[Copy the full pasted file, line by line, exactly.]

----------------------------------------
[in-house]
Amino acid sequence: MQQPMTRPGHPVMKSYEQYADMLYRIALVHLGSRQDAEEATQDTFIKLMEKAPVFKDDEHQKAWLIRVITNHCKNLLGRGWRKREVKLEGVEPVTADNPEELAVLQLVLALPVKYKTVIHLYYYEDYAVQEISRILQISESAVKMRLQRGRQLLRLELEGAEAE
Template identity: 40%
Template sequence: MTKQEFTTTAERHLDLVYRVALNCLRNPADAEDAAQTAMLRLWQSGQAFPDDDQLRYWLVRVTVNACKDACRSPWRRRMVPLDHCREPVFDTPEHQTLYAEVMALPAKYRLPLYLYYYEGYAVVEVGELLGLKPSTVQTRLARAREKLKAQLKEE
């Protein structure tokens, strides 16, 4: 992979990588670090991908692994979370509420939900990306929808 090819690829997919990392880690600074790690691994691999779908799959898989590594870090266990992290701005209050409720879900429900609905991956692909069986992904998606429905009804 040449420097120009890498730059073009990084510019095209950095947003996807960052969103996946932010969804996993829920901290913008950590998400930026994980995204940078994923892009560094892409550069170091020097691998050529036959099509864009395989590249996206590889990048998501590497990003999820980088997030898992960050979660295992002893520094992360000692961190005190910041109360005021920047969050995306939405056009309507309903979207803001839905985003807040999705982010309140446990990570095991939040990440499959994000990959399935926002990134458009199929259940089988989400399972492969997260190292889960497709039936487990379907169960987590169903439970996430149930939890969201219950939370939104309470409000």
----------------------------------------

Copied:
[in-house]
Amino acid sequence: MQQPMTRPGHPVMKSYEQYADMLYRIALVHLGSRQDAEEATQDTFIKLMEKAPVFKDDEHQKAWLIRVITNHCKNLLGRGWRKREVKLEGVEPVTADNPEELAVLQLVLALPVKYKTVIHLYYYEDYAVQEISRILQISESAVKMRLQRGRQLLRLELEGAEAE
Template identity: 40%
Template sequence: MTKQEFTTTAERHLDLVYRVALNCLRNPADAEDAAQTAMLRLWQSGQAFPDDDQLRYWLVRVTVNACKDACRSPWRRRMVPLDHCREPVFDTPEHQTLYAEVMALPAKYRLPLYLYYYEGYAVVEVGELLGLKPSTVQTRLARAREKLKAQLKEE
């Protein structure tokens, strides 16, 4: 992979990588670090991908692994979370509420939900990306929808 090819690829997919990392880690600074790690691994691999779908799959898989590594870090266990992290701005209050409720879900429900609905991956692909069986992904998606429905009804 040449420097120009890498730059073009990084510019095209950095947003996807960052969103996946932010969804996993829920901290913008950590998400930026994980995204940078994923892009560094892409550069170091020097691998050529036959099509864009395989590249996206590889990048998501590497990003999820980088997030898992960050979660295992002893520094992360000692961190005190910041109360005021920047969050995306939405056009309507309903979207803001839905985003807040999705982010309140446990990570095991939040990440499959994000990959399935926002990134458009199929259940089988989400399972492969997260190292889960497709039936487990379907169960987590169903439970996430149930939890969201219950939370939104309470409000």